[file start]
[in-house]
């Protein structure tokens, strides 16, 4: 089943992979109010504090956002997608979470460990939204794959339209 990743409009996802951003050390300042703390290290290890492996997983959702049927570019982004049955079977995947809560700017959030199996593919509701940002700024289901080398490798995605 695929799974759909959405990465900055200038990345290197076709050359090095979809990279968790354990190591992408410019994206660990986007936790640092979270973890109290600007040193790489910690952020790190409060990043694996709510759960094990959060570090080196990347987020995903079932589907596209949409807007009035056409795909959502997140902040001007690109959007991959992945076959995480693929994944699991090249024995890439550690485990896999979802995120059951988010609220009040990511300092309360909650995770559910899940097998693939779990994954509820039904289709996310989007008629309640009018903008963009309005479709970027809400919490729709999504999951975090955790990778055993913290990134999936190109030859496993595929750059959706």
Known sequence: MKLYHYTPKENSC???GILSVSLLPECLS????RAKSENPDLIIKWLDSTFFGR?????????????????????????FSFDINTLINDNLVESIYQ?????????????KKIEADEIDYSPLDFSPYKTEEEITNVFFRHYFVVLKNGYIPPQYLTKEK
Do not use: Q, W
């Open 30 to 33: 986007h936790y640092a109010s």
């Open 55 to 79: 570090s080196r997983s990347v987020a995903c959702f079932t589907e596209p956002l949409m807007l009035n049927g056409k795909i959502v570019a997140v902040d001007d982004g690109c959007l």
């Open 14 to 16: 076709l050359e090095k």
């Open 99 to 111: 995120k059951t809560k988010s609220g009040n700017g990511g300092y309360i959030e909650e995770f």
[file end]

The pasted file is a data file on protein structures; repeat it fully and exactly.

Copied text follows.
[in-house]
């Protein structure tokens, strides 16, 4: 089943992979109010504090956002997608979470460990939204794959339209 990743409009996802951003050390300042703390290290290890492996997983959702049927570019982004049955079977995947809560700017959030199996593919509701940002700024289901080398490798995605 695929799974759909959405990465900055200038990345290197076709050359090095979809990279968790354990190591992408410019994206660990986007936790640092979270973890109290600007040193790489910690952020790190409060990043694996709510759960094990959060570090080196990347987020995903079932589907596209949409807007009035056409795909959502997140902040001007690109959007991959992945076959995480693929994944699991090249024995890439550690485990896999979802995120059951988010609220009040990511300092309360909650995770559910899940097998693939779990994954509820039904289709996310989007008629309640009018903008963009309005479709970027809400919490729709999504999951975090955790990778055993913290990134999936190109030859496993595929750059959706």
Known sequence: MKLYHYTPKENSC???GILSVSLLPECLS????RAKSENPDLIIKWLDSTFFGR?????????????????????????FSFDINTLINDNLVESIYQ?????????????KKIEADEIDYSPLDFSPYKTEEEITNVFFRHYFVVLKNGYIPPQYLTKEK
Do not use: Q, W
């Open 30 to 33: 986007h936790y640092a109010s």
């Open 55 to 79: 570090s080196r997983s990347v987020a995903c959702f079932t589907e596209p956002l949409m807007l009035n049927g056409k795909i959502v570019a997140v902040d001007d982004g690109c959007l």
């Open 14 to 16: 076709l050359e090095k």
């Open 99 to 111: 995120k059951t809560k988010s609220g009040n700017g990511g300092y309360i959030e909650e995770f």